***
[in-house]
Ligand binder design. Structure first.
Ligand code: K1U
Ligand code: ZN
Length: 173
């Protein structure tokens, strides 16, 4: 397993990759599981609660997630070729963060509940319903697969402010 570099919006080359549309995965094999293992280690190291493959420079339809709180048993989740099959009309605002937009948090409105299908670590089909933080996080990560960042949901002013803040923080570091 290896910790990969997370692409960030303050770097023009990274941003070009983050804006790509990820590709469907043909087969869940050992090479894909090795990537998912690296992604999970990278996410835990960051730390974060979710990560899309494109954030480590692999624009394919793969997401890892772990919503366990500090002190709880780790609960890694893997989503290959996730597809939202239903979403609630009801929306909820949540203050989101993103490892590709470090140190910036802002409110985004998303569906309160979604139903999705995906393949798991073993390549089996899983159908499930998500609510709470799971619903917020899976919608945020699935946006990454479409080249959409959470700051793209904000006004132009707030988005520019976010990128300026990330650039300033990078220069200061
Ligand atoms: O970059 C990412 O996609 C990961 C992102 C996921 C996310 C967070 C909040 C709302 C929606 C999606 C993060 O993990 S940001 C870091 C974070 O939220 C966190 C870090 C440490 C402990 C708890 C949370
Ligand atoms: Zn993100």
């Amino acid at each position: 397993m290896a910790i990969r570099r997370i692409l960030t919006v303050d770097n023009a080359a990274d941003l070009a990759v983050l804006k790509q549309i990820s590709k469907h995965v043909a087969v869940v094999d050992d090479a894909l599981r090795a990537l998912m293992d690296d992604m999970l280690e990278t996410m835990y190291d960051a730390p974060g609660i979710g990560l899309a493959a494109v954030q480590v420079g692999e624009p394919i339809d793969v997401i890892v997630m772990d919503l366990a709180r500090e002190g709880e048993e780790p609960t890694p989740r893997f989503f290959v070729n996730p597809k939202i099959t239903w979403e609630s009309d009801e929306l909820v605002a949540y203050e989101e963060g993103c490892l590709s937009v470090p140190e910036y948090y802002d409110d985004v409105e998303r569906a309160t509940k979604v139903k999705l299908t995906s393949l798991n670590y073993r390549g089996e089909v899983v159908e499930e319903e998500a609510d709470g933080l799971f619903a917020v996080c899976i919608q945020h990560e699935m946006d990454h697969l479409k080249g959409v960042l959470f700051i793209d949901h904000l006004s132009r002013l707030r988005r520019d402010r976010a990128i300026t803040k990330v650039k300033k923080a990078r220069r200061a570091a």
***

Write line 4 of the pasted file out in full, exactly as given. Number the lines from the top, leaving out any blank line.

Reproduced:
Ligand code: ZN